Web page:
Nearly four million US government workers have had their personal data compromised by a daring breach into the Federal government’s Office of Personnel Management (OPM). Both current and past employees are affected, and there are fears that the breach may affect every federal agency.
Unlike the typical e-commerce industry breach which steals credit or debit credentials or a username and password breach at a well-trafficked site, the Federal breach hits more closely guarded, personnel information. The stolen records do not contain background checks and clearance investigations, but they do include information like job assignments, performance reviews and training those workers have taken.
Why did the hackers focus on such information? It’s hard to say exactly why, but signs point to a cabal of Chinese hackers, suggesting political espionage. Chinese officials have downplayed this claim.
“In the wake of the IRS Hack I keep hearing stories of data breach victims and the struggles they have gone through to clean up the aftereffects of their identity data being used fraudulently,” said Ryan Wilk, NuData’s Director of Customer Success. “Some of the stores have included the nightmare of trying to work with the IRS when you find your tax returns have been fraudulently filed, to financial fraud where credit cards or loans were taken out using the victims stolen identity, and E-commerce fraud where a victims identity is used to mask a fraudulent purchase. The IRS Hack not only solidifies this but expands it to show that the misuse of identity is the new general electronic fraud across all verticals. With this new knowledge, business not only need to verify that identity data fits from a PII verification perspective, but they also verify that the user behavior behind the machine is indicative of a valid user.”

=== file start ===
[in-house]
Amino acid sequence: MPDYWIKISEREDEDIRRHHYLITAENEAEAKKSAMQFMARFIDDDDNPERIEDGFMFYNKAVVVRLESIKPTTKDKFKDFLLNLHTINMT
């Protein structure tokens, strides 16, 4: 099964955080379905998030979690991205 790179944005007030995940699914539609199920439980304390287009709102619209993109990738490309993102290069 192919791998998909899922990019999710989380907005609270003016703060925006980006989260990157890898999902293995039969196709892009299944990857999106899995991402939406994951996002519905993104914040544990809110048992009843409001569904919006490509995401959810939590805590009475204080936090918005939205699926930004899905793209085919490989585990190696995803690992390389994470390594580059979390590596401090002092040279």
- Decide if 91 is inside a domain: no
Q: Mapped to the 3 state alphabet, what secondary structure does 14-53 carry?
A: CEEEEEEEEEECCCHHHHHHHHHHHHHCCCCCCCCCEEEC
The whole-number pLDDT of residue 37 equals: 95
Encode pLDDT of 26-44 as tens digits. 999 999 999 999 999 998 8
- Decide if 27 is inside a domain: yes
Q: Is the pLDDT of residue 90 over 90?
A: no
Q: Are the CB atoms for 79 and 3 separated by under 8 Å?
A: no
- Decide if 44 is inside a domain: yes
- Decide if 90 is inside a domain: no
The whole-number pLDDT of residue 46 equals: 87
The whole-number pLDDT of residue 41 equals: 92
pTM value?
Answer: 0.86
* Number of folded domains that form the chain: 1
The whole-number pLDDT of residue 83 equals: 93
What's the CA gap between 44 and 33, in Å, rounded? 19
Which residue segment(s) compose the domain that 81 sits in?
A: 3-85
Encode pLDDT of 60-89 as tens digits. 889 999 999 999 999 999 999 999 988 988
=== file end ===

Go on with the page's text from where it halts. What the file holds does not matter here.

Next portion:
This hack follows right on the heels of the IRS hack we spoke of last week, where over a 100,000 Americans had their identities used to scam over $50,000,000 in fraudulent tax refunds out of the IRS. The latest news is that the scam was the work of Russian hackers who used information from prior, unrelated data breaches that includes information like names, Social Security numbers and other details against the IRS’s “Get Transcript” tool. With those transcripts, they were able to file fraudulent returns before the deadline.
NuData Security has seen a 56% increase in account takeover attacks routed through China, and at 26% increase in attacks from Russian sources. When so many security systems still rely on knowledge-based authorization measures, and so many data breaches have released information that makes those measures effectively irrelevant, companies and governments cannot just offer free credit monitoring services as all they can do.
If the tactic works, thieves will hack into systems for information and then leverage it to break into systems with each more sensitive information. A credit card can be replaced, but a person will be forever shadowed by the threat of identity theft. Ditch inherently weak knowledge-based verification. User behavior analytics makes data breach information irrelevant because only the legitimate user can login.